2. -wrapper To enforce backward-compatibility, magic appears as it would without the Tcl interpreter (apart from the text entry console) when launched with the same arguments. However, most users will want to make use of the extensions and convenience functions provided by the "wrapper" GUI. These functions are detailed in a separate tutorial (see Tutorial #2).
  3. Magic-related programs "ext2spice" and "ext2sim" have been recast as magic commands instead of standalone executables. This makes a good deal of sense, as both programs make heavy use of the magic internal database. Most values required to produce netlists were passed through the intermediary file format .ext. However, not all necessary values were included in the .ext file format specification, and some of these missing values were hard-coded into the programs where they have since become mismatched to the magic database. This has been corrected so that all netlist output corresponds to the technology file used by a layout.

    Both commands "ext2spice" and "ext2sim" allow all of the command-line arguments previously accepted by the standalone programs. Some of the more common functions, however, have been duplicated as command options in the usual format of magic commands. For instance, one may use the magic command:

    ext2sim help
    to get more information on ext2sim command-line options.
  4. All Tcl interpreter procedures may be freely mixed with magic commands on the command line. For instance, a user can use Tcl to compute arithmetic expressions on the command line:
    copy e [expr{276 * 5 + 4}]
  5. A number of magic commands pass values back to the interpreter. For instance, the command
    box values
    returns the lower left- and upper right-hand coordinates of the cursor box in magic internal units. This return value can be incorporated into an expression, such as the one below which moves the box to the left by the value of its own width:
    set bbox [box values]
    set bwidth [expr {[lindex $bbox 2] - [lindex $bbox 0]}]
    move e $bwidth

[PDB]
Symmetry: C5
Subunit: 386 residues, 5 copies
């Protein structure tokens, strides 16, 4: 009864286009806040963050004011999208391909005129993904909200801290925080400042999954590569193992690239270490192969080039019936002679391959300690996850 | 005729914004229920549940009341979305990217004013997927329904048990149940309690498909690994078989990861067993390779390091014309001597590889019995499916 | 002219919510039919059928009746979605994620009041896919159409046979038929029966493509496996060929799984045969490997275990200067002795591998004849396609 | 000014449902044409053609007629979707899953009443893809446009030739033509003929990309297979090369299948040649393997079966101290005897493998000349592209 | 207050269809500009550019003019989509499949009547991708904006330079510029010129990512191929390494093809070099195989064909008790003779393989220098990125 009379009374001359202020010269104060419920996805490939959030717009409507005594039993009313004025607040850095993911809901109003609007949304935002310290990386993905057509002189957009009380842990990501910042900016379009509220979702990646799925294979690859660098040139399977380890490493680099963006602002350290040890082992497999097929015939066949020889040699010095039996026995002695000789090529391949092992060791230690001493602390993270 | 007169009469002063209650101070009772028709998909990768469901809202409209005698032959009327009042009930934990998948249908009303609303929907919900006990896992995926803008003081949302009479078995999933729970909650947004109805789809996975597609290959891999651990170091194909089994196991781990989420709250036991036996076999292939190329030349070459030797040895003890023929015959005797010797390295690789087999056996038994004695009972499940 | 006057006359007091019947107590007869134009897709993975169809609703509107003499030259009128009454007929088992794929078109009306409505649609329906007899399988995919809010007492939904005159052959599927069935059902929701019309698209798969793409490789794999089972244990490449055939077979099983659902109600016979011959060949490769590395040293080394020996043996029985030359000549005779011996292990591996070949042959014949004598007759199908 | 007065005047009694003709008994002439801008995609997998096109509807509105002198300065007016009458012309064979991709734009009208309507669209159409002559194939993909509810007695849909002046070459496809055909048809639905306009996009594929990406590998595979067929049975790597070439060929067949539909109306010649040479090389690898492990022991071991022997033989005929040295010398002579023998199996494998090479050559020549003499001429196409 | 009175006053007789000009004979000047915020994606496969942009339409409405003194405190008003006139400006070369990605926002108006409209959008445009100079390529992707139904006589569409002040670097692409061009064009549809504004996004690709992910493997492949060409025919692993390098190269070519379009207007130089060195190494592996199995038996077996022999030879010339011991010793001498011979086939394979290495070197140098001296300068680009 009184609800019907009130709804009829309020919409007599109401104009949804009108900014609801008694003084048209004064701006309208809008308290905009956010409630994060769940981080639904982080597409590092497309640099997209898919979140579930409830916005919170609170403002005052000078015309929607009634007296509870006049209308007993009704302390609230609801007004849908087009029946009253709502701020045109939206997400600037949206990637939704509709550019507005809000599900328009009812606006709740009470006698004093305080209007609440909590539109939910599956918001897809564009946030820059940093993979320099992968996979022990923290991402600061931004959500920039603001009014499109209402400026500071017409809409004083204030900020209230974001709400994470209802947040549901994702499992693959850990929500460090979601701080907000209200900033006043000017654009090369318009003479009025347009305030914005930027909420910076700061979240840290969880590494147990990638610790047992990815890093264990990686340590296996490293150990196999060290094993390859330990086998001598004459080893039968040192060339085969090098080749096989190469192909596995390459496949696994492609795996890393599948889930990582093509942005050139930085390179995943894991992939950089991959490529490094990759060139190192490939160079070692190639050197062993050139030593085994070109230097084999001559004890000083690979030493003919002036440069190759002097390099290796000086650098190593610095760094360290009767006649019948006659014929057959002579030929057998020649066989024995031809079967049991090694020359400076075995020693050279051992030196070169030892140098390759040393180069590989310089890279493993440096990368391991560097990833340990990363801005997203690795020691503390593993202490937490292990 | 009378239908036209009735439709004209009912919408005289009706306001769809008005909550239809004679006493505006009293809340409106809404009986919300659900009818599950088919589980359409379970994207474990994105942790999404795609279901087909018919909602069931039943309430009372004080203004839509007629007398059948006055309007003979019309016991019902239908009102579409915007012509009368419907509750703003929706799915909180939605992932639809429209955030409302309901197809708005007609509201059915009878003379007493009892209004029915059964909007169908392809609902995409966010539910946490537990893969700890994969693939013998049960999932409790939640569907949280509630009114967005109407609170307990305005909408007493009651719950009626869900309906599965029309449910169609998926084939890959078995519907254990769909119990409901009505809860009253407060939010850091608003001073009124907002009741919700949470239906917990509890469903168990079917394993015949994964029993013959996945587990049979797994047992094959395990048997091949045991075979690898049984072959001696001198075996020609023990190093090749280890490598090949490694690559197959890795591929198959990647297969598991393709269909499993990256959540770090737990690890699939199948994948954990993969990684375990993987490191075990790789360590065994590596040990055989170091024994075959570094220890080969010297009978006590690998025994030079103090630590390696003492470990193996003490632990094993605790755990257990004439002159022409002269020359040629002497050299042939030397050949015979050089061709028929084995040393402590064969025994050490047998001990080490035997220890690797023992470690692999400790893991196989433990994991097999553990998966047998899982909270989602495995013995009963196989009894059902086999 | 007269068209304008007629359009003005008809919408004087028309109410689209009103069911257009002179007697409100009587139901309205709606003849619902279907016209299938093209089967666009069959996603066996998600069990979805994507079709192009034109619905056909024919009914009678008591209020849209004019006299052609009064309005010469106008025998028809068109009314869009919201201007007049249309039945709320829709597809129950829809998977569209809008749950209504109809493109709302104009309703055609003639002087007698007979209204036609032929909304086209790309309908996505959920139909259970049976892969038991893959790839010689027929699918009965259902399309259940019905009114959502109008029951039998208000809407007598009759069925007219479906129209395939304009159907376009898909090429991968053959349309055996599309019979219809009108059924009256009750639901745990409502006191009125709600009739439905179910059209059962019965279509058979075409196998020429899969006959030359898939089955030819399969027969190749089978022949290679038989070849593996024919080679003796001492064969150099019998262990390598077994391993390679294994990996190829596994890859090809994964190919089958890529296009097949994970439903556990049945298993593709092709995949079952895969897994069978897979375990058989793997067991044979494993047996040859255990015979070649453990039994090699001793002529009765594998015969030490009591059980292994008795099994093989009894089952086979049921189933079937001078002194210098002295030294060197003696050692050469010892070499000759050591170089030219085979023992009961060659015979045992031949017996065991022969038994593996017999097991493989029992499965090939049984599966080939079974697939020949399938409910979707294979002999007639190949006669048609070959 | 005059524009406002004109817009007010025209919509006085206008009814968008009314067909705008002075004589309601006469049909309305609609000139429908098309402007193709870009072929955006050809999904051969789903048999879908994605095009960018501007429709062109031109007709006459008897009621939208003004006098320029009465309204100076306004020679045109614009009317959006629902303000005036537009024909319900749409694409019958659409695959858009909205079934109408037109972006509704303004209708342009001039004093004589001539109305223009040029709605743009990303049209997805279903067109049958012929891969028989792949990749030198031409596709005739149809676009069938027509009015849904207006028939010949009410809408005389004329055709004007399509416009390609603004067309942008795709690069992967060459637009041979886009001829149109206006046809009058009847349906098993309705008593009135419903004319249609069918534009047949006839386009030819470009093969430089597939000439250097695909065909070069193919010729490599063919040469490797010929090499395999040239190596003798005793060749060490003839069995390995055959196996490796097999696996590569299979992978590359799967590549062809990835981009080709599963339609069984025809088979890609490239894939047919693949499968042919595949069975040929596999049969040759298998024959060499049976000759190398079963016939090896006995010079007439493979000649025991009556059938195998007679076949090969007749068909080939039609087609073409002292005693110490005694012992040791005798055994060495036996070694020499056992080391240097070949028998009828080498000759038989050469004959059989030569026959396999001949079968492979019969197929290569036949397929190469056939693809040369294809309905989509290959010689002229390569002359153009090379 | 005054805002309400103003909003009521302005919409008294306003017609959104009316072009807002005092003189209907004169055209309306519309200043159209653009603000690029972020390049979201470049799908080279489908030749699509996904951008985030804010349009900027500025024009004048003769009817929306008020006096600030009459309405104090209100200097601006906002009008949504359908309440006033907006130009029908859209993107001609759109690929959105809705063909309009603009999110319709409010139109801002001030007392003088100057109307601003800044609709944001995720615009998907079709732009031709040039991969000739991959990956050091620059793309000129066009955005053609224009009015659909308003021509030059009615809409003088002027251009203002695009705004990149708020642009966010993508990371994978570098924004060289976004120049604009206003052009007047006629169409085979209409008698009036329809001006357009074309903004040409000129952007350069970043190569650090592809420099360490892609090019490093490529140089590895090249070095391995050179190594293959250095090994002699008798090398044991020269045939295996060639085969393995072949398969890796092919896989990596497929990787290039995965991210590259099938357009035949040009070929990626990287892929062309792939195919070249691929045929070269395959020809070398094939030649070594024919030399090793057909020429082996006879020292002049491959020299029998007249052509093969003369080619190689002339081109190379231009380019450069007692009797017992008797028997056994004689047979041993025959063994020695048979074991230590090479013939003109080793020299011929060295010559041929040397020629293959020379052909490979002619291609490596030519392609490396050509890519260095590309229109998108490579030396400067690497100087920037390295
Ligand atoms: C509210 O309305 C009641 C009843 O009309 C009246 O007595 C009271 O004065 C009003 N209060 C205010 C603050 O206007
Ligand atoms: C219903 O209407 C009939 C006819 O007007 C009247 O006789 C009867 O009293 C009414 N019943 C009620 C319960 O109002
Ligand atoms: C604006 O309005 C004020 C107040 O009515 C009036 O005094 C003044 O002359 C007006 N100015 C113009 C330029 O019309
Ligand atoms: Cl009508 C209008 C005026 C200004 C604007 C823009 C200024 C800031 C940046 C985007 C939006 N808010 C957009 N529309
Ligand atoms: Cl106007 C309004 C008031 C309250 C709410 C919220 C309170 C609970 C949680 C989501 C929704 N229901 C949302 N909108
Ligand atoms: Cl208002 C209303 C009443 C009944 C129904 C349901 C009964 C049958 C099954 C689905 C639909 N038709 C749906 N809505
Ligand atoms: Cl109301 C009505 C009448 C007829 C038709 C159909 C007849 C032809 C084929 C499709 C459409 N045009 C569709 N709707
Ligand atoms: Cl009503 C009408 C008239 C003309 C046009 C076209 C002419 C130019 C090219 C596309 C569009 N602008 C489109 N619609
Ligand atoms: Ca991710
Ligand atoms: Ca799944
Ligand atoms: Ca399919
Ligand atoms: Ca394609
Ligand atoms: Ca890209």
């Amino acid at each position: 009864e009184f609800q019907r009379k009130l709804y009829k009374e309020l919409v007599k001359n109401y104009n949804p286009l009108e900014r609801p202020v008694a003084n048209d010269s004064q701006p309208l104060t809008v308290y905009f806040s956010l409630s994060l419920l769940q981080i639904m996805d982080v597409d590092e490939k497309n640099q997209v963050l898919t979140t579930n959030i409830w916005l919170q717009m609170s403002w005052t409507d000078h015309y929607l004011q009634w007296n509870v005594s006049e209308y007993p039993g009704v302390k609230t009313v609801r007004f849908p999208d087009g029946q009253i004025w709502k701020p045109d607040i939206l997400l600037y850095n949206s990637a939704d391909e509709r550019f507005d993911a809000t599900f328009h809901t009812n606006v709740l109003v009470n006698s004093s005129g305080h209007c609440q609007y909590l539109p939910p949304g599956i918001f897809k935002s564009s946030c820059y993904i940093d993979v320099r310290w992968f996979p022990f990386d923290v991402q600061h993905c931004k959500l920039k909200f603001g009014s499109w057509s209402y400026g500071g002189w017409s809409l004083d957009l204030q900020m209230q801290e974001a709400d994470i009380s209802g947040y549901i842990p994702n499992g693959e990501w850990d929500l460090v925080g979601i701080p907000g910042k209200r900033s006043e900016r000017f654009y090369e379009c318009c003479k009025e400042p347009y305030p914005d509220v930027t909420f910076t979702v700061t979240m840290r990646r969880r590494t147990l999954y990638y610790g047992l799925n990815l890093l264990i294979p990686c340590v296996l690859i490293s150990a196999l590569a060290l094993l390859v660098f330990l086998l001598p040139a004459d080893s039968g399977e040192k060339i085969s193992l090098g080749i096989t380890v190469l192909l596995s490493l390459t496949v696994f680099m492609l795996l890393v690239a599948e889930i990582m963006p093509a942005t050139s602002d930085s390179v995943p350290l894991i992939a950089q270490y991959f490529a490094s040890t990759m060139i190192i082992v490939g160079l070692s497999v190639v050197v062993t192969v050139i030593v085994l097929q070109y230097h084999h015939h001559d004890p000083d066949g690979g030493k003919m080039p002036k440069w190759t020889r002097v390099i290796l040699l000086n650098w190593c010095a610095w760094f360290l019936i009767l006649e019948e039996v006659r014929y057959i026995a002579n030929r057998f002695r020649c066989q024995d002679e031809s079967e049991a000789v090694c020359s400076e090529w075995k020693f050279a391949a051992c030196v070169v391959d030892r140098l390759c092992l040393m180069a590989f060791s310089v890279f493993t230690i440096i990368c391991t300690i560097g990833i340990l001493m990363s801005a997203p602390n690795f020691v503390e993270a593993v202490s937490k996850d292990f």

6. Magic prompts for text have been recast as Tk dialog boxes. For instance, the command writeall will pop up a dialog box with five buttons, one for each of the available choices (write, flush, skip, abort, and auto).
  7. IRSIM is no longer available as a "mode" reached by switching tools by command or the space-bar macro. Instead, IRSIM (version 9.6) can be compiled as a Tcl extension in the same manner as Magic, at compile time. When this is done, IRSIM is invoked simply by typing
    on the Magic command line. IRSIM is loaded as a Tcl package, and IRSIM and Magic commands may be freely mixed on the Magic command line:
    assert [getnode]
    IRSIM does not require the name of a file to start. Without arguments, it will assume the currently loaded cell is to be simulated, and it will generate the .sim file if it does not already exist.
  8. In addition to IRSIM, programs xcircuit and netgen can be compiled as Tcl extensions and provide cabability for schematic capture and layout-vs.-schematic, respectively.
  9. Tcl-based Magic makes use of the Tcl variable space. For instance, it keeps track of the installation directory through the variable CAD_ROOT, which mirrors the value of the shell environment variable of the same name. In addition, it makes use of variables VDD and GND in the technology file to aid in the extraction of substrate- and well-connected nodes on transistors.
  10. Magic input files, such as the .magic startup file, are sourced as Tcl scripts, and so may themselves contain a mixture of Tcl and magic commands.

Dual-Source Input and Backward Compatibility

From its inception, Magic has used an unsual but very effective interface in which commands may be passed to the program from two different sources, the layout window, and the calling terminal. Keystrokes in the layout window are handled by the graphics package. These are interpreted as macros. The keystroke values are expanded into magic command-line commands and executed by the command-line command dispatcher routine. Two macros, `.' and `:' are reserved: The period expands to the last command executed from the command line (not from a macro expansion), and the colon initiates a redirection of keystrokes from the layout window into the calling terminal. Magic users quickly get used to the combination of keystrokes, mouse functions, and command-line commands.